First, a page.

I tried to think of a way to show you the speed of the autofocusing system and how wide an area the camera will focus across, and figured it was probably best to just show you in a video, so I hooked my EOS R up to a video capture box and recorded my screen as I switched between my 100-400 f/4.5-5.6 Mark II Lens with no Extender fitted, to using it with the 1.4X Extender, and then the 2X Extender. I also show the 200-400mm with its built-in 1.4X Extender engaged, and a 2X Extender fitted, so both are focussing at f/11 with the 200-400mm lens at a focal length of 1120mm.
Finally, I disengage the built-in 1.4X Extender to show you the effects of just having the external 2X Extender fitted. For all of these demonstrations, I was using the Canon Control Ring Mount Adapter to fit these EF lenses to the RF Mount of the EOS R.
Things to note are that autofocus does slow down very slightly, especially when using the 1.4X and 2X Extenders together. Also note that I did these demonstrations in my studio with bird ornaments, so in reality, when the autofocus has further to physically travel, it can be a little bit slower than you’ll see in the video as well. Anyway, here is the video, so please take a look.
I hope you found that interesting or at least useful to see. I find it amazing that we can now use autofocus at this level, down to f/11 apertures.
Upcoming Autofocus Improvements via Firmware Update
I noticed too that Canon have just announced a firmware update to improve autofocus further. On the US website it just says coming soon, but in Japan it is slated for the end of September. Here is what Canon are saying:
AF function improvement for EOS R and EOS RP Cameras
A new firmware update for Autofocus (AF) with the EOS R and EOS RP cameras will soon be available. This exciting new update will offer enhanced AF functions to help you better view, track and capture subjects. The three main components are:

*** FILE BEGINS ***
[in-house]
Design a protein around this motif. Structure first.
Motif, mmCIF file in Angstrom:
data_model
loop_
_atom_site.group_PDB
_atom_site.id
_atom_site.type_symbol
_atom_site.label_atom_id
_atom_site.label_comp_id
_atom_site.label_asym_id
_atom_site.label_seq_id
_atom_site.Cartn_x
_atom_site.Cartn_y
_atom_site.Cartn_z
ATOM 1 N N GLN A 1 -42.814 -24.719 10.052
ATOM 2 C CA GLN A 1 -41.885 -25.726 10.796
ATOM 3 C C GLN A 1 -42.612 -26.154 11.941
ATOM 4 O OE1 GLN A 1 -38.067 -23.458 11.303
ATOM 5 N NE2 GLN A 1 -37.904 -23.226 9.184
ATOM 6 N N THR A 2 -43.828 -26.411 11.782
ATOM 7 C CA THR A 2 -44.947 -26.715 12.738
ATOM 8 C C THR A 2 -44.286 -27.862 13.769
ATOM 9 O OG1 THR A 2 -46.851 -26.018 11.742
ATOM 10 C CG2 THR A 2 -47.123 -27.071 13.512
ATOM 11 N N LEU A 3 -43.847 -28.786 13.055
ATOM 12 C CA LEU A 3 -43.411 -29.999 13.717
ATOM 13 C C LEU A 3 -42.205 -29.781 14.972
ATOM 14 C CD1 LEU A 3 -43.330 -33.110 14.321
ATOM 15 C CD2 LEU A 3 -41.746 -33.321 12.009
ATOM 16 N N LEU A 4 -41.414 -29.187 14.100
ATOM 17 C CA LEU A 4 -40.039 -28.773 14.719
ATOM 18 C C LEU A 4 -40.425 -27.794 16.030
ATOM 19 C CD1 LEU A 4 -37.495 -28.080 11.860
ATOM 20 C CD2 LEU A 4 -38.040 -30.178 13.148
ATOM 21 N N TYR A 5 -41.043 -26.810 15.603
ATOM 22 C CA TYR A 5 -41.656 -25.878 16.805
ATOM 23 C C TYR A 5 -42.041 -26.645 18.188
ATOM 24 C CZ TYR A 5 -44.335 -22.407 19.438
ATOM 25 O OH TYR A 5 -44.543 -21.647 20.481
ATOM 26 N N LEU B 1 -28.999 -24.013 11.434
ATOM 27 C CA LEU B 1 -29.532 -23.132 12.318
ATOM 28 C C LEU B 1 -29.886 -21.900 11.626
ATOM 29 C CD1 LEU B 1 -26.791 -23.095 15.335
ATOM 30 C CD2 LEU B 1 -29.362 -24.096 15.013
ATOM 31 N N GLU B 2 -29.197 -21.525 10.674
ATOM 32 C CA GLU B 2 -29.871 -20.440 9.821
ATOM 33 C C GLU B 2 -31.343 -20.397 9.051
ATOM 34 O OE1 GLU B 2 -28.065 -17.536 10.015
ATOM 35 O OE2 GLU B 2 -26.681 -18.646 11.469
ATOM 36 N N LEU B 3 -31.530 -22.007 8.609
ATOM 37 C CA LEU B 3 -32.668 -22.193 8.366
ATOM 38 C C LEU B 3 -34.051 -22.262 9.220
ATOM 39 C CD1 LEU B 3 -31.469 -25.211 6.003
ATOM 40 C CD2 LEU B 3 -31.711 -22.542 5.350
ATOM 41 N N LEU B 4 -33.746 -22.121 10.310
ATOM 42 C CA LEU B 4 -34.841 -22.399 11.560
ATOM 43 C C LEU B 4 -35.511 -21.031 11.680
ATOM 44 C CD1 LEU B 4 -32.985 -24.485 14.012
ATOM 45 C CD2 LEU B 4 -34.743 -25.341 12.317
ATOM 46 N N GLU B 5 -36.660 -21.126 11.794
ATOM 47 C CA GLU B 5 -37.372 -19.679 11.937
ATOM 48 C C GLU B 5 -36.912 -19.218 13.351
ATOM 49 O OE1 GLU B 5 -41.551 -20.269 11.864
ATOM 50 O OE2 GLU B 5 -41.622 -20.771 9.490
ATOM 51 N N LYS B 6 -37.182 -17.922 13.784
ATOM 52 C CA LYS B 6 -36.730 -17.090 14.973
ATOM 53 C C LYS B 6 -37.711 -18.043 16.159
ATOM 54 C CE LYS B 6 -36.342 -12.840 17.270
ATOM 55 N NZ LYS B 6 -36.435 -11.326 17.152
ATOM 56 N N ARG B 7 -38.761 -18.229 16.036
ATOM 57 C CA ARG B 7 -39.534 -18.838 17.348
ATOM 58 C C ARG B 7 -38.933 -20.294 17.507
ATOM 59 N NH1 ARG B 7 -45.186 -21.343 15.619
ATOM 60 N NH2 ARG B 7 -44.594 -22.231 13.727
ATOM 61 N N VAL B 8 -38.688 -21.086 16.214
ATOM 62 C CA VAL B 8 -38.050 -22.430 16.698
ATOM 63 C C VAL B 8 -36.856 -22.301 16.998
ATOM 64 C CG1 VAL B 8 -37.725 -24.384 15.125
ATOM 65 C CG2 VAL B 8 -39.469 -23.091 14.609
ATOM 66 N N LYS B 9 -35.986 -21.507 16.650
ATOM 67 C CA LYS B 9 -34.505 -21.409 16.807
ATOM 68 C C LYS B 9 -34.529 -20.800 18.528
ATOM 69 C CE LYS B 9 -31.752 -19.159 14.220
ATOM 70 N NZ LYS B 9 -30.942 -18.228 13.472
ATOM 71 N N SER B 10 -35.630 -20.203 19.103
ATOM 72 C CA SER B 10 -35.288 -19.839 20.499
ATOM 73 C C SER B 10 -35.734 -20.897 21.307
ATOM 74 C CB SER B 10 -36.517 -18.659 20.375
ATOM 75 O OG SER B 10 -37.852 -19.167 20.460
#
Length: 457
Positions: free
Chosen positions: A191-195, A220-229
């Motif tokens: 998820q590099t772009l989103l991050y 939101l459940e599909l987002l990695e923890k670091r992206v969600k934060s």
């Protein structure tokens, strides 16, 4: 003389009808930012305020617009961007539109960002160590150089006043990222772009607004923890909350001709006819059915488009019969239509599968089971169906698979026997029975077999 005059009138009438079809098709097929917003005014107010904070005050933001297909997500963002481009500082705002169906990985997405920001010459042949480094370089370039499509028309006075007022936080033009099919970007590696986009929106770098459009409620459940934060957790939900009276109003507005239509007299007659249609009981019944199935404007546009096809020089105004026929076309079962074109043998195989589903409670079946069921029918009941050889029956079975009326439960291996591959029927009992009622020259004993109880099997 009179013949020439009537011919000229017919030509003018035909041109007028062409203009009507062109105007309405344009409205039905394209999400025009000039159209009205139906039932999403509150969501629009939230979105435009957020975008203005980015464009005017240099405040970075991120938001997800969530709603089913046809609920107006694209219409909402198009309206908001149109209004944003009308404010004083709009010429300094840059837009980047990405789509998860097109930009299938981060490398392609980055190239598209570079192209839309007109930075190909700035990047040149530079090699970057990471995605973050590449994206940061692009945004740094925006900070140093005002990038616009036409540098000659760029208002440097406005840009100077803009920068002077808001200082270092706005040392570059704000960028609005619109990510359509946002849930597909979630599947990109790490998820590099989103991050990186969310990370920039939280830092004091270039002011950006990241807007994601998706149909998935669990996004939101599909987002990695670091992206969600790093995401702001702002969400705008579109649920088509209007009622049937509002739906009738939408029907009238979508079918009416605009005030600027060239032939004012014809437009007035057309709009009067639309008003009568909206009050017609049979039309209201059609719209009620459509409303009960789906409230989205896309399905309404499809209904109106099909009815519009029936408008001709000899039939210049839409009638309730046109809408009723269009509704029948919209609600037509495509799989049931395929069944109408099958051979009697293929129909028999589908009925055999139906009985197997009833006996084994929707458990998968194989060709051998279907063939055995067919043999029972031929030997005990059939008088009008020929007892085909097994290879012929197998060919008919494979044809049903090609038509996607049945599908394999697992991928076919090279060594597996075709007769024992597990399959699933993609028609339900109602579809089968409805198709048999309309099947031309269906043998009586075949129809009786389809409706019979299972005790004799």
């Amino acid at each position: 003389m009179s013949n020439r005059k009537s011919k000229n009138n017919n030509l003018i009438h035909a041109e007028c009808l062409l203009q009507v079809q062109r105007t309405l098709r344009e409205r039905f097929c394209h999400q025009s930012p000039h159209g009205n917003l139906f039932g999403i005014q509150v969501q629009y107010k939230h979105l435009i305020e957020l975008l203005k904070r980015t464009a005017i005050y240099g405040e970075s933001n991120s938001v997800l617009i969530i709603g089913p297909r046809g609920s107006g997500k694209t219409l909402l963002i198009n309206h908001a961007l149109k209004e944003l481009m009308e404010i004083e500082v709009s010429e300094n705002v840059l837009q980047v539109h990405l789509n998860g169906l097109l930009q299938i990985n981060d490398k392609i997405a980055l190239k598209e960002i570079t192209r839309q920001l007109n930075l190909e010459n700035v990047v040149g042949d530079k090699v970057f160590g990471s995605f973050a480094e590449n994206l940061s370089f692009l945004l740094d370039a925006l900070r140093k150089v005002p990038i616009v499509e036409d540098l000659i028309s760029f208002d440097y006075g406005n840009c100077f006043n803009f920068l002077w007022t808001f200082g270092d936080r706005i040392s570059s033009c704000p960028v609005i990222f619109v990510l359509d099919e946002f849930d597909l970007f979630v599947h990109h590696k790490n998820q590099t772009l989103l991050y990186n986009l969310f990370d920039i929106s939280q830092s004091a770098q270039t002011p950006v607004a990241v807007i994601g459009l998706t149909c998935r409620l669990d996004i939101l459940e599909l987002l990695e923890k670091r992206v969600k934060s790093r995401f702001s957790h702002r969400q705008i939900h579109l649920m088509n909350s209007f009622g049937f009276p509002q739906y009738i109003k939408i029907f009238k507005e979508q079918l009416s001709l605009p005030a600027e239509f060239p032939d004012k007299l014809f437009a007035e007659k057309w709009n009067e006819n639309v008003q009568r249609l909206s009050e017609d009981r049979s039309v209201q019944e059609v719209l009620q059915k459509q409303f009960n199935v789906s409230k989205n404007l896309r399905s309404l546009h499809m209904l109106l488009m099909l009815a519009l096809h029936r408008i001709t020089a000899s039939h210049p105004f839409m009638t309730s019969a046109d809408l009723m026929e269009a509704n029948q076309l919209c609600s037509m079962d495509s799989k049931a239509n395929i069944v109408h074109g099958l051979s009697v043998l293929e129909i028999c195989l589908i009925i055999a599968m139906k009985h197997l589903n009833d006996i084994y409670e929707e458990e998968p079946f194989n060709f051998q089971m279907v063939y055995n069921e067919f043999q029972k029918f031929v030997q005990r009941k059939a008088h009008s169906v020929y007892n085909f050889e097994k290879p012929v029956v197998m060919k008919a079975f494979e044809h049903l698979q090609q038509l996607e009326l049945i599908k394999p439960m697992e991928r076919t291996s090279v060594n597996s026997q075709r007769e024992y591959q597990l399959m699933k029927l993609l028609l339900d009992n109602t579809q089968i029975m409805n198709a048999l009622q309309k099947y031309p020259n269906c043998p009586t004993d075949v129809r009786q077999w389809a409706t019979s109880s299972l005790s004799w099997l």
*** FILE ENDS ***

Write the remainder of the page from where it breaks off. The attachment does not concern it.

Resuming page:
- Eye Detection AF will be improved so you can better focus on a moving subject’s eye even if it is far away or when the face appears small in the viewfinder.
- AF frame tracking is improved so there is virtually no delay between the actual focusing and when it’s displayed in the AF frame, helping you continuously track the subject and shoot comfortably.
- The AF function works faster overall so even at a distance, you can capture the subject quickly.
This firmware will be available via a free download in the coming weeks. Stay tuned.
I look forward to seeing how these changes affect autofocusing, and I can’t wait to see where the autofocus on mirrorless cameras leads us next. I honestly did not expect autofocus on these cameras to be anywhere near as good as it’s proven to be. Being able to focus on a sea eagle a split-second before it snatches a fish from the sea, as in this photograph from this year
Anyway, we’ll wrap it up there for this week. Thanks once again to Derek for the great question! Also, note that I’m running behind on the development of my new Mentorship system. Various things and other commitments have kept me a little too busy lately, but I am working on it and hope to release something very soon.